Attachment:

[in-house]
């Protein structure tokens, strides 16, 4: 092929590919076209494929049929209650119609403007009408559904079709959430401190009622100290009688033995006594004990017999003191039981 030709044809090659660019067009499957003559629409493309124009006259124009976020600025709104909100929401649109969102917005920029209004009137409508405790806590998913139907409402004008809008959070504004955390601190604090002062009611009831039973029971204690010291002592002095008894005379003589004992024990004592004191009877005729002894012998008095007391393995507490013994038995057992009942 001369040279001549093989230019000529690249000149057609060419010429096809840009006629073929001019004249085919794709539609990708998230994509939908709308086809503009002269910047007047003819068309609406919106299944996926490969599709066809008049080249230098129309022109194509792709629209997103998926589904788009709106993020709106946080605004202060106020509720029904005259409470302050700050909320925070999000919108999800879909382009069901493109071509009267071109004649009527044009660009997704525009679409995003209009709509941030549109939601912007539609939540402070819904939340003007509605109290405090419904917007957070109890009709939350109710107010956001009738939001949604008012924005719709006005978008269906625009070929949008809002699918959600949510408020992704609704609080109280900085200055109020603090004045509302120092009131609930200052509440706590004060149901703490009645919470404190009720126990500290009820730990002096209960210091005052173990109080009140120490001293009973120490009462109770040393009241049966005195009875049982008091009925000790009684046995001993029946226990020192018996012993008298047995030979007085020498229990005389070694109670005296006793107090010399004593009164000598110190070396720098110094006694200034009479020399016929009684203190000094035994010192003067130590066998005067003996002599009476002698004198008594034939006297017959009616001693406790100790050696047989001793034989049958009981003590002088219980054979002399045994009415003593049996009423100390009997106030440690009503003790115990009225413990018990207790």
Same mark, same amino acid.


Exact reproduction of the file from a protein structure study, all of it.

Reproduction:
[in-house]
């Protein structure tokens, strides 16, 4: 092929590919076209494929049929209650119609403007009408559904079709959430401190009622100290009688033995006594004990017999003191039981 030709044809090659660019067009499957003559629409493309124009006259124009976020600025709104909100929401649109969102917005920029209004009137409508405790806590998913139907409402004008809008959070504004955390601190604090002062009611009831039973029971204690010291002592002095008894005379003589004992024990004592004191009877005729002894012998008095007391393995507490013994038995057992009942 001369040279001549093989230019000529690249000149057609060419010429096809840009006629073929001019004249085919794709539609990708998230994509939908709308086809503009002269910047007047003819068309609406919106299944996926490969599709066809008049080249230098129309022109194509792709629209997103998926589904788009709106993020709106946080605004202060106020509720029904005259409470302050700050909320925070999000919108999800879909382009069901493109071509009267071109004649009527044009660009997704525009679409995003209009709509941030549109939601912007539609939540402070819904939340003007509605109290405090419904917007957070109890009709939350109710107010956001009738939001949604008012924005719709006005978008269906625009070929949008809002699918959600949510408020992704609704609080109280900085200055109020603090004045509302120092009131609930200052509440706590004060149901703490009645919470404190009720126990500290009820730990002096209960210091005052173990109080009140120490001293009973120490009462109770040393009241049966005195009875049982008091009925000790009684046995001993029946226990020192018996012993008298047995030979007085020498229990005389070694109670005296006793107090010399004593009164000598110190070396720098110094006694200034009479020399016929009684203190000094035994010192003067130590066998005067003996002599009476002698004198008594034939006297017959009616001693406790100790050696047989001793034989049958009981003590002088219980054979002399045994009415003593049996009423100390009997106030440690009503003790115990009225413990018990207790």
Same mark, same amino acid.